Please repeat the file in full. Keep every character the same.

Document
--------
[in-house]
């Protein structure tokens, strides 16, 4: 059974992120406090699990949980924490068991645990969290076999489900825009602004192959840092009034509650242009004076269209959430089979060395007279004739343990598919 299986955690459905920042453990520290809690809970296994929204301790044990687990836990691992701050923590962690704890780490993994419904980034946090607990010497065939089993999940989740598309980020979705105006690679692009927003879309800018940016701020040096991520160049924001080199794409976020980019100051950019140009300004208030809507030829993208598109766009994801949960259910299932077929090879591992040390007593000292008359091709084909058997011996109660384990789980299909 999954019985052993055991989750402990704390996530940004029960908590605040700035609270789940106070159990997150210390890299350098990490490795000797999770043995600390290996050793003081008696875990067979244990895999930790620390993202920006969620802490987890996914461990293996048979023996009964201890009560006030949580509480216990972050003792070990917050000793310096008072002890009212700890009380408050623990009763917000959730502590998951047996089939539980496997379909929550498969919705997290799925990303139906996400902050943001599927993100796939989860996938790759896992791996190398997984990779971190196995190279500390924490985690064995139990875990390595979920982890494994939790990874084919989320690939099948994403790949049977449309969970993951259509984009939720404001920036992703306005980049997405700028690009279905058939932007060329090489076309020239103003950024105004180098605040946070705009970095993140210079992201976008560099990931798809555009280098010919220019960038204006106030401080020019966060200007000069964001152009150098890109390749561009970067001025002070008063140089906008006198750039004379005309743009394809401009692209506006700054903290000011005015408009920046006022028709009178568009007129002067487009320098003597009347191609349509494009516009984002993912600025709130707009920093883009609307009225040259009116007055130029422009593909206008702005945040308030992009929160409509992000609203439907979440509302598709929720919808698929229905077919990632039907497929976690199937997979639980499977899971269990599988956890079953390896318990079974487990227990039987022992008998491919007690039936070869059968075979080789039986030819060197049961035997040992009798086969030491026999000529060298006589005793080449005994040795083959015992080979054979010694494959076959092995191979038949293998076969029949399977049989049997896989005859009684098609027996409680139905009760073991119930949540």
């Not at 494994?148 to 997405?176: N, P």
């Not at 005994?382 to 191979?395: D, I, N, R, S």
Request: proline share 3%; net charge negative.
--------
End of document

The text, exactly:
[in-house]
């Protein structure tokens, strides 16, 4: 059974992120406090699990949980924490068991645990969290076999489900825009602004192959840092009034509650242009004076269209959430089979060395007279004739343990598919 299986955690459905920042453990520290809690809970296994929204301790044990687990836990691992701050923590962690704890780490993994419904980034946090607990010497065939089993999940989740598309980020979705105006690679692009927003879309800018940016701020040096991520160049924001080199794409976020980019100051950019140009300004208030809507030829993208598109766009994801949960259910299932077929090879591992040390007593000292008359091709084909058997011996109660384990789980299909 999954019985052993055991989750402990704390996530940004029960908590605040700035609270789940106070159990997150210390890299350098990490490795000797999770043995600390290996050793003081008696875990067979244990895999930790620390993202920006969620802490987890996914461990293996048979023996009964201890009560006030949580509480216990972050003792070990917050000793310096008072002890009212700890009380408050623990009763917000959730502590998951047996089939539980496997379909929550498969919705997290799925990303139906996400902050943001599927993100796939989860996938790759896992791996190398997984990779971190196995190279500390924490985690064995139990875990390595979920982890494994939790990874084919989320690939099948994403790949049977449309969970993951259509984009939720404001920036992703306005980049997405700028690009279905058939932007060329090489076309020239103003950024105004180098605040946070705009970095993140210079992201976008560099990931798809555009280098010919220019960038204006106030401080020019966060200007000069964001152009150098890109390749561009970067001025002070008063140089906008006198750039004379005309743009394809401009692209506006700054903290000011005015408009920046006022028709009178568009007129002067487009320098003597009347191609349509494009516009984002993912600025709130707009920093883009609307009225040259009116007055130029422009593909206008702005945040308030992009929160409509992000609203439907979440509302598709929720919808698929229905077919990632039907497929976690199937997979639980499977899971269990599988956890079953390896318990079974487990227990039987022992008998491919007690039936070869059968075979080789039986030819060197049961035997040992009798086969030491026999000529060298006589005793080449005994040795083959015992080979054979010694494959076959092995191979038949293998076969029949399977049989049997896989005859009684098609027996409680139905009760073991119930949540």
């Not at 494994?148 to 997405?176: N, P």
């Not at 005994?382 to 191979?395: D, I, N, R, S």
Request: proline share 3%; net charge negative.